I was totally planning on writing a review of Demise of Watchman Island, the sample adventure included in the playtest material of Varg’s MYFAROG, but B/X has taken up a lot more of my time lately, particularly my writing on Vampires & Liches. I may get to it eventually, but now that I am writing for both Cirsova (whose core content I am falling behind on) and Dice Monkey, I have my work cut out for me.

Rather than give you my interpretations of it, you can check DoWI out for yourselves, as Varg has made it public. Additionally, he has posted a Fan-written expansion to the module that somewhat rectifies the original’s downer ending, in which no mysteries are solved despite a significant loss of life.

A First Look at MYFAROG (Varg’s ‘Burzum’ RPG)

While the vast swaths of the tabletop gaming community spend  post after post wringing their hands over the fate of Dwimmermount, Shortymonster and I seem to be the only members of RPG Blog Alliance community who have taken up the bizarre, once in a life-time opportunity to be play-testers for MYFAROG (Mythical Fantasy Roleplaying Game), a game developed by the infamous Varg Vikernes of Burzum fame.  Mr Vikernes, who has already stated he would be using his own money rather than Kickstarter to fund his project, recently announced that the core book that he’d hinted at a few times over the year was complete and ready for playtesting.  For that alone, he towers above much of the gaming development community as a gentleman and a scholar.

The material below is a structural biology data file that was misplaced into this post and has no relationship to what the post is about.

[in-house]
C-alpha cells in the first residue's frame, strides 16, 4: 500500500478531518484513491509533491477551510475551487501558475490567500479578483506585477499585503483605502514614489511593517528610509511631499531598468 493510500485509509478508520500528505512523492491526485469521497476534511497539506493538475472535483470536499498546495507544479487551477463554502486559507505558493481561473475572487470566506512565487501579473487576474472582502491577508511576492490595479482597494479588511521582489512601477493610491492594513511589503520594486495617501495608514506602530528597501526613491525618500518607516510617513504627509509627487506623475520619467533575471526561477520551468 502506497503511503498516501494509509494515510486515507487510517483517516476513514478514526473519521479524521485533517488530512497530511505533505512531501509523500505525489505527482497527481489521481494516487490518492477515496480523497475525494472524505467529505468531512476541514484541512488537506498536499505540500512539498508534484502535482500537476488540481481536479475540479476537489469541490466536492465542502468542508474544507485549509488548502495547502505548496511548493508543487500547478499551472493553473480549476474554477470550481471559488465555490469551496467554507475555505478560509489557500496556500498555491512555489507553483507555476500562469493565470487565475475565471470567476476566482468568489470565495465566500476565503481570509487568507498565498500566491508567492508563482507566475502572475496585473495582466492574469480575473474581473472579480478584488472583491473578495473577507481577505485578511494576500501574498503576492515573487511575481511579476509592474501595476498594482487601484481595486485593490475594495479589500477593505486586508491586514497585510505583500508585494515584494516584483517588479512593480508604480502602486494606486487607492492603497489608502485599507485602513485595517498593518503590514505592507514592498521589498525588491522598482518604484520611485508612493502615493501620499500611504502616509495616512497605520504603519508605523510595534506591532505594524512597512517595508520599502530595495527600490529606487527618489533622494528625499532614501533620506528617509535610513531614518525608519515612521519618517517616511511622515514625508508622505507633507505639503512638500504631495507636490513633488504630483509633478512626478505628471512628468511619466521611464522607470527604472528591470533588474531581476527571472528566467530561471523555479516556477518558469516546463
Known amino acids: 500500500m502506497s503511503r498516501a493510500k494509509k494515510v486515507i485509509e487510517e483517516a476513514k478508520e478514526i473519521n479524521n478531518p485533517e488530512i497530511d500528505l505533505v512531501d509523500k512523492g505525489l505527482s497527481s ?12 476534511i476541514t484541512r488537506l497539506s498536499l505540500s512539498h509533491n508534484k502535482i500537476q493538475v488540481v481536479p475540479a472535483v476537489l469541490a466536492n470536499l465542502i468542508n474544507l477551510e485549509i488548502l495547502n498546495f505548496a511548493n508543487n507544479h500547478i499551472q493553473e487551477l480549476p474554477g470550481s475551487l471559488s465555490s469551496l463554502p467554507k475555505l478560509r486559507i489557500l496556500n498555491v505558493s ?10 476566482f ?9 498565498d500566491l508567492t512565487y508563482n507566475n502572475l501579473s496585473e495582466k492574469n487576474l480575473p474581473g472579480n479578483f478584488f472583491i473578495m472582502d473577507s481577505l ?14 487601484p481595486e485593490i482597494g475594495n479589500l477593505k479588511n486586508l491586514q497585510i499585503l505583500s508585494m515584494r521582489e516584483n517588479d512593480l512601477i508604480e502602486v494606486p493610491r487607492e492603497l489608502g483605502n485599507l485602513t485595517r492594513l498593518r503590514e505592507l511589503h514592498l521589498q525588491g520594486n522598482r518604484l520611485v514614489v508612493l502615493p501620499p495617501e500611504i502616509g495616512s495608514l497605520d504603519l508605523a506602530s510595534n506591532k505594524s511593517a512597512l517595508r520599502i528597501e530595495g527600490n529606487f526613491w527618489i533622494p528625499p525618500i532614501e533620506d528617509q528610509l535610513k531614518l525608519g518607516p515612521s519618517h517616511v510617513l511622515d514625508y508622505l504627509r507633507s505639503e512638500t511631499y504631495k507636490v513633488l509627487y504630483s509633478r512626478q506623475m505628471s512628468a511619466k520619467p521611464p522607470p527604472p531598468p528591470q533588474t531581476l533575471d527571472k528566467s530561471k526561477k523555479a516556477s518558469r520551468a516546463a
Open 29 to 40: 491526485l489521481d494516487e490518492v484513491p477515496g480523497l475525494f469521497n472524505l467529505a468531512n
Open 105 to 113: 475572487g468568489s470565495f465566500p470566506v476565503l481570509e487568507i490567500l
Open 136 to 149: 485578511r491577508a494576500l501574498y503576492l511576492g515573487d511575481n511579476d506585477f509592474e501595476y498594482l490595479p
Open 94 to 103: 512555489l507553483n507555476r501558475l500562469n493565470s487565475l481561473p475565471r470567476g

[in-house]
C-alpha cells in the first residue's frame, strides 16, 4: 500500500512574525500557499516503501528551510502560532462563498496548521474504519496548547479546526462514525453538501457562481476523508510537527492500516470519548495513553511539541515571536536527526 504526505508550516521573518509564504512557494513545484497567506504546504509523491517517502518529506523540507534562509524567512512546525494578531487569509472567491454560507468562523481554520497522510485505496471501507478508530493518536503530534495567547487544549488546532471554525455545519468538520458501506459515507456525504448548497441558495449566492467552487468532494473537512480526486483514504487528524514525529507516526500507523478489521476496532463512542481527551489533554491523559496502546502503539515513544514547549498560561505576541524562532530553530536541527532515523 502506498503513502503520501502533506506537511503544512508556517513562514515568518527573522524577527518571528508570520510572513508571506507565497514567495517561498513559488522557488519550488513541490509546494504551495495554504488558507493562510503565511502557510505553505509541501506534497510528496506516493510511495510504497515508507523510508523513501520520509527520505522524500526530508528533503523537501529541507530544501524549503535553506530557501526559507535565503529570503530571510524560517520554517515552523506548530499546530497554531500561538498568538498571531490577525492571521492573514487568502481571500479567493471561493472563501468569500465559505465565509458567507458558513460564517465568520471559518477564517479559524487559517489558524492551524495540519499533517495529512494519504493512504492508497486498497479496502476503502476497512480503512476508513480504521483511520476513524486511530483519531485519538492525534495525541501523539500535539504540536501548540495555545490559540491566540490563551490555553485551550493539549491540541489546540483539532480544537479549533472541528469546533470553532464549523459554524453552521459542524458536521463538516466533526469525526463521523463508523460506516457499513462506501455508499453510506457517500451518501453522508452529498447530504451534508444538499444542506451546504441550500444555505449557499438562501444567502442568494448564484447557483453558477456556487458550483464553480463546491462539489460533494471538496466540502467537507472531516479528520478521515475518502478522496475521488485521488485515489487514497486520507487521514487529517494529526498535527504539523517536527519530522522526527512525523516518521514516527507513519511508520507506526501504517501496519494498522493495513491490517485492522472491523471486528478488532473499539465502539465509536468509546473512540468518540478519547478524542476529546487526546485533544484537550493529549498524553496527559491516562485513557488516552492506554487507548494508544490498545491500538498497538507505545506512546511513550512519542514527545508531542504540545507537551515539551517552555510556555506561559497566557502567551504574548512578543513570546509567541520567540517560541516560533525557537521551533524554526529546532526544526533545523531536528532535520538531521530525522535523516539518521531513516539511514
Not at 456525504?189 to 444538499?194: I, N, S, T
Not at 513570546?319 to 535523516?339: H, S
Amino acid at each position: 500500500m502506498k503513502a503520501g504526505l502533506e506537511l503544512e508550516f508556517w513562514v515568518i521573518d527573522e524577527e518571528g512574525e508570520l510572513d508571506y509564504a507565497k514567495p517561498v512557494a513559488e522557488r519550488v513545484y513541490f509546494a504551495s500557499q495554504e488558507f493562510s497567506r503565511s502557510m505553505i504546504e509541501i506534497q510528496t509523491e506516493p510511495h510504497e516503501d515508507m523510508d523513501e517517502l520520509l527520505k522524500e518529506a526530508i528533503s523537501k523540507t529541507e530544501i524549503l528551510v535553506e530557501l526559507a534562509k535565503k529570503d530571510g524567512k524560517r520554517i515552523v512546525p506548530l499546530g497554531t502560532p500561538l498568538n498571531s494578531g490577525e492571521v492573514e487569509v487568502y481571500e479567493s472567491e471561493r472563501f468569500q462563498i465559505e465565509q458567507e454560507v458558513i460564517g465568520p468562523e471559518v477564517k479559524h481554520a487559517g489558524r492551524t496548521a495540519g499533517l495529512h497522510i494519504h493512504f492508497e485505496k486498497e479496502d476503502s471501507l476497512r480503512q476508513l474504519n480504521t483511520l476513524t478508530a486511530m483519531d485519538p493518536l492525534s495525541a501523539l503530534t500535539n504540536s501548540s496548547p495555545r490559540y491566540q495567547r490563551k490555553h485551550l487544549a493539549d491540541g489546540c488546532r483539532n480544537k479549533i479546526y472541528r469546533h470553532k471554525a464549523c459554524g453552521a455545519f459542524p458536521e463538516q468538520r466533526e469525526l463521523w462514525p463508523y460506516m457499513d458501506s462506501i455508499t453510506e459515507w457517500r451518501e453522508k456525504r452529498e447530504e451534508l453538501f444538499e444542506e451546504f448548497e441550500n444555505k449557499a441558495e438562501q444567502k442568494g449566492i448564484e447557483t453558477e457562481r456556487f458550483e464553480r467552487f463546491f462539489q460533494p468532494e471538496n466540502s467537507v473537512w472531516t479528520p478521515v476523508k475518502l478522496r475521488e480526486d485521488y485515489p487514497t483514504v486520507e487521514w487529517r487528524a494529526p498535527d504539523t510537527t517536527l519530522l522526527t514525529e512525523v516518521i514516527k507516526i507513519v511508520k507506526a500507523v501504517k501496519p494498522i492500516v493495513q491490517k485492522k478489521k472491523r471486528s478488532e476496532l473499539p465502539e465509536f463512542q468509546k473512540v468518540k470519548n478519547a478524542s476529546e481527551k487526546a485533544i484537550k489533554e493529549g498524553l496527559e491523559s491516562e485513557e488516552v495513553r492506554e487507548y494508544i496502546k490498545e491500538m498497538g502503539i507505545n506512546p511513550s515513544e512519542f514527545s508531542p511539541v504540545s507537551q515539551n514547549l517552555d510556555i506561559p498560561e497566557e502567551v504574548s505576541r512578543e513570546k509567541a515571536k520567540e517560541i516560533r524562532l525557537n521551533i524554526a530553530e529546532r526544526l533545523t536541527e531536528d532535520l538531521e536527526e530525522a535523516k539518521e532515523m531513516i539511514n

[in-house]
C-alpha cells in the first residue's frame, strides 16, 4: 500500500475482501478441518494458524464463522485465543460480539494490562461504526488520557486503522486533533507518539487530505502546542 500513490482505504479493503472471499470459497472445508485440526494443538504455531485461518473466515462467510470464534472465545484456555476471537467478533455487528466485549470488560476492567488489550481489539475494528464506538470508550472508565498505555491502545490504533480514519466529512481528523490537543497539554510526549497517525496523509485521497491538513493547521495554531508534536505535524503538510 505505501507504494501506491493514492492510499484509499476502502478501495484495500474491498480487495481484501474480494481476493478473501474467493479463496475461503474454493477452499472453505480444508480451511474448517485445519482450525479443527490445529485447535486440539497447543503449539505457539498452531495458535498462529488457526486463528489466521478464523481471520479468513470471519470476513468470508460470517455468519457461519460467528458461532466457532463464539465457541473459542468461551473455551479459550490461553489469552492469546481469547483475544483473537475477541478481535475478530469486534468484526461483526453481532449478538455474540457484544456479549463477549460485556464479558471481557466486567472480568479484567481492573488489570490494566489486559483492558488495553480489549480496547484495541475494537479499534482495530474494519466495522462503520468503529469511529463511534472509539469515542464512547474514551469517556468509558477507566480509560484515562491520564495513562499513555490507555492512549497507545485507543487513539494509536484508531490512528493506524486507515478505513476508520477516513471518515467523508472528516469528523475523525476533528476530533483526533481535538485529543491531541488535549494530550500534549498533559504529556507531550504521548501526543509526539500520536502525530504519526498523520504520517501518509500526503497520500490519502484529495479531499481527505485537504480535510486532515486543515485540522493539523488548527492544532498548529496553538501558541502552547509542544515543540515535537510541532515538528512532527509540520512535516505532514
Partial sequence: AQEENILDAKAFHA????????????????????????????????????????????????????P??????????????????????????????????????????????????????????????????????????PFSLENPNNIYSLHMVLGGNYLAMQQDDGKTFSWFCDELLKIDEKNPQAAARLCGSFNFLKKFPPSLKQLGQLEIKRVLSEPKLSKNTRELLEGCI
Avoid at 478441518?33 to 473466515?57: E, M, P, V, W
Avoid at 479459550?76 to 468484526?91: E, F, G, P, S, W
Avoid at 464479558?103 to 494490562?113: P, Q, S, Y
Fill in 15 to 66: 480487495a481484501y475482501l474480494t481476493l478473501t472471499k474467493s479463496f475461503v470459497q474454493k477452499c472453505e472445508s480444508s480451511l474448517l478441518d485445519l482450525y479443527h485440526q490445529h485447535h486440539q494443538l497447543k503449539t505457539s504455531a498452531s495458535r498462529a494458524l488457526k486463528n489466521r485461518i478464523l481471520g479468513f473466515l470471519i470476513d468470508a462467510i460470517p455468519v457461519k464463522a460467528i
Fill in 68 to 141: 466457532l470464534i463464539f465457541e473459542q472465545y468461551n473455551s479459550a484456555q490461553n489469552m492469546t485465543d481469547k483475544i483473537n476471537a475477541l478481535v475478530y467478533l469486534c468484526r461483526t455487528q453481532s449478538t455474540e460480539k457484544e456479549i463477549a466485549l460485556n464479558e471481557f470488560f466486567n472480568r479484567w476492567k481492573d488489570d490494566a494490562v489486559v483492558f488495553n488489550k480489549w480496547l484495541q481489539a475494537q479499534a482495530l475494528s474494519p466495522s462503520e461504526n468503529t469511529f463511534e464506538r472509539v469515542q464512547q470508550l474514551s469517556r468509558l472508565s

Pretend I spent this paragraph explaining who Varg is and how I disavow him. These posts are going to be a review of his game and the adventure he supplied with it.

First, let me say that I guess my head has been so wrapped around the purely academic question of which OSR ruleset would be the best to play with, I was briefly under the illusion that maybe Varg had the answer. Maybe I was hoping for Dungeons & Vikings? Instead, what he has given us is “Norseman: the (Hunting and) Gathering”.

In many ways, MYFAROG reminds me of a White Wolf game, in that the system is inextricable from its setting. While all White Wolf games (the last time I looked at them, which was back in 2004) had a common character sheet and dice-rolling mechanic (Stat 1-5 + Skill 1-5, then whatever crazy system/character/class related stuff added to it), Races, Classes, “Charms” or whatever their Masquerade equivalent was, were all highly specific to the setting. With something like Exalted or Vampire, rather than buying a game that could be plugged into settings, you were buying a setting that came with game mechanics.